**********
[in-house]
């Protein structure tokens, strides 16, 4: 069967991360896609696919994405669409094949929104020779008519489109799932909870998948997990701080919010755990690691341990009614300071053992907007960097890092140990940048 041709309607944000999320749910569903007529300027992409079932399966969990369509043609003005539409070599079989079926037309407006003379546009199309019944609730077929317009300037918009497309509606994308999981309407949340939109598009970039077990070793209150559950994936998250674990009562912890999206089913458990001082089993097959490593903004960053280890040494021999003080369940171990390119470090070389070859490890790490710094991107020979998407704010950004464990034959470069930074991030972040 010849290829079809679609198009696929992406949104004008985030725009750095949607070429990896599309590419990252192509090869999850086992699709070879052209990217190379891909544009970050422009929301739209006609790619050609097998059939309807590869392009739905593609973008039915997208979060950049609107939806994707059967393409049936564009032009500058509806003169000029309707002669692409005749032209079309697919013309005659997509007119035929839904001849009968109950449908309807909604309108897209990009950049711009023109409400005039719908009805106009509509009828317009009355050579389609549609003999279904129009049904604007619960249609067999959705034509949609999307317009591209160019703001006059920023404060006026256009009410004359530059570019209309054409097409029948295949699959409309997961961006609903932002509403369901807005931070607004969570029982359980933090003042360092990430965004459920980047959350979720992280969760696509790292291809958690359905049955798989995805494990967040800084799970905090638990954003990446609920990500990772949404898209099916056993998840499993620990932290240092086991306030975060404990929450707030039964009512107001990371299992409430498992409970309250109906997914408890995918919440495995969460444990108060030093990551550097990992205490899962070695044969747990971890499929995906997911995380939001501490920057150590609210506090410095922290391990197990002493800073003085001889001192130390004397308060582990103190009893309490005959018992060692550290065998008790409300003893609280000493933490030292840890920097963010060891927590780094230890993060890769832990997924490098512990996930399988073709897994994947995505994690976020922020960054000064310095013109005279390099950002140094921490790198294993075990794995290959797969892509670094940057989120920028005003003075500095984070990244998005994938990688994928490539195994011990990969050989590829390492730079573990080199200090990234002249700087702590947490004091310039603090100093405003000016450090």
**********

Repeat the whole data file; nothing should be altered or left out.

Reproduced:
[in-house]
């Protein structure tokens, strides 16, 4: 069967991360896609696919994405669409094949929104020779008519489109799932909870998948997990701080919010755990690691341990009614300071053992907007960097890092140990940048 041709309607944000999320749910569903007529300027992409079932399966969990369509043609003005539409070599079989079926037309407006003379546009199309019944609730077929317009300037918009497309509606994308999981309407949340939109598009970039077990070793209150559950994936998250674990009562912890999206089913458990001082089993097959490593903004960053280890040494021999003080369940171990390119470090070389070859490890790490710094991107020979998407704010950004464990034959470069930074991030972040 010849290829079809679609198009696929992406949104004008985030725009750095949607070429990896599309590419990252192509090869999850086992699709070879052209990217190379891909544009970050422009929301739209006609790619050609097998059939309807590869392009739905593609973008039915997208979060950049609107939806994707059967393409049936564009032009500058509806003169000029309707002669692409005749032209079309697919013309005659997509007119035929839904001849009968109950449908309807909604309108897209990009950049711009023109409400005039719908009805106009509509009828317009009355050579389609549609003999279904129009049904604007619960249609067999959705034509949609999307317009591209160019703001006059920023404060006026256009009410004359530059570019209309054409097409029948295949699959409309997961961006609903932002509403369901807005931070607004969570029982359980933090003042360092990430965004459920980047959350979720992280969760696509790292291809958690359905049955798989995805494990967040800084799970905090638990954003990446609920990500990772949404898209099916056993998840499993620990932290240092086991306030975060404990929450707030039964009512107001990371299992409430498992409970309250109906997914408890995918919440495995969460444990108060030093990551550097990992205490899962070695044969747990971890499929995906997911995380939001501490920057150590609210506090410095922290391990197990002493800073003085001889001192130390004397308060582990103190009893309490005959018992060692550290065998008790409300003893609280000493933490030292840890920097963010060891927590780094230890993060890769832990997924490098512990996930399988073709897994994947995505994690976020922020960054000064310095013109005279390099950002140094921490790198294993075990794995290959797969892509670094940057989120920028005003003075500095984070990244998005994938990688994928490539195994011990990969050989590829390492730079573990080199200090990234002249700087702590947490004091310039603090100093405003000016450090």